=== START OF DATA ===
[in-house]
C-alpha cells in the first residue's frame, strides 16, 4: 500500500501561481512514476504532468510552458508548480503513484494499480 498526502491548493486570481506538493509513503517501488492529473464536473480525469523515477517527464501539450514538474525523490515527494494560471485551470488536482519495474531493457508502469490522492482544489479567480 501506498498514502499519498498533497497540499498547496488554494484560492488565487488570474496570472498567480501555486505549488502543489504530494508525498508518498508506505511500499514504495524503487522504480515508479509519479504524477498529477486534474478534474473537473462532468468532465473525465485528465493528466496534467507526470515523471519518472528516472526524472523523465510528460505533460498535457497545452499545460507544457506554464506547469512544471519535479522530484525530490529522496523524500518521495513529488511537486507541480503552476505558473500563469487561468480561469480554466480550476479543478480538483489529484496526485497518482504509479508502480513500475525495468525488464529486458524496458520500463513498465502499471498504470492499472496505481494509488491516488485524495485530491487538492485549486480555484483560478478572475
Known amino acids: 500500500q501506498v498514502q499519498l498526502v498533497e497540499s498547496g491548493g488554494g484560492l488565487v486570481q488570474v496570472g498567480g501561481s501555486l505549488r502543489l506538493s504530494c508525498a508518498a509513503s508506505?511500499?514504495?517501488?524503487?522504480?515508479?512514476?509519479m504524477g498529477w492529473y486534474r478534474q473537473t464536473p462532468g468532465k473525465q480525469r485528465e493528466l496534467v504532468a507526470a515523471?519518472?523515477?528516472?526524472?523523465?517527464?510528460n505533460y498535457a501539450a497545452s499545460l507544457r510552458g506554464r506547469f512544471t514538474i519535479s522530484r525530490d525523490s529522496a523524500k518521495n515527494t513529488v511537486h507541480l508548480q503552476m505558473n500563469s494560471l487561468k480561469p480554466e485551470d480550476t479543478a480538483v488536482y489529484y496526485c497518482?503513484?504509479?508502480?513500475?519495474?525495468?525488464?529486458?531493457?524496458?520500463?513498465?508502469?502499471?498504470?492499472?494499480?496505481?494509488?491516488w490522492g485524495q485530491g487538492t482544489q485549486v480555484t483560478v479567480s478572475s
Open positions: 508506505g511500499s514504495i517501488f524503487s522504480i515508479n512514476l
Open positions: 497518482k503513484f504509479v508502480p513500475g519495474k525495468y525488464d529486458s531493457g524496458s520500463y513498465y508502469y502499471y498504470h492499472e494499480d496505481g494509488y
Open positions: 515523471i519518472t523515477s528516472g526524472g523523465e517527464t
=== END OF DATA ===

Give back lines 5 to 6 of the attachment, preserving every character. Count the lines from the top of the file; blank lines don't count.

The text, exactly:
Open positions: 497518482k503513484f504509479v508502480p513500475g519495474k525495468y525488464d529486458s531493457g524496458s520500463y513498465y508502469y502499471y498504470h492499472e494499480d496505481g494509488y
Open positions: 515523471i519518472t523515477s528516472g526524472g523523465e517527464t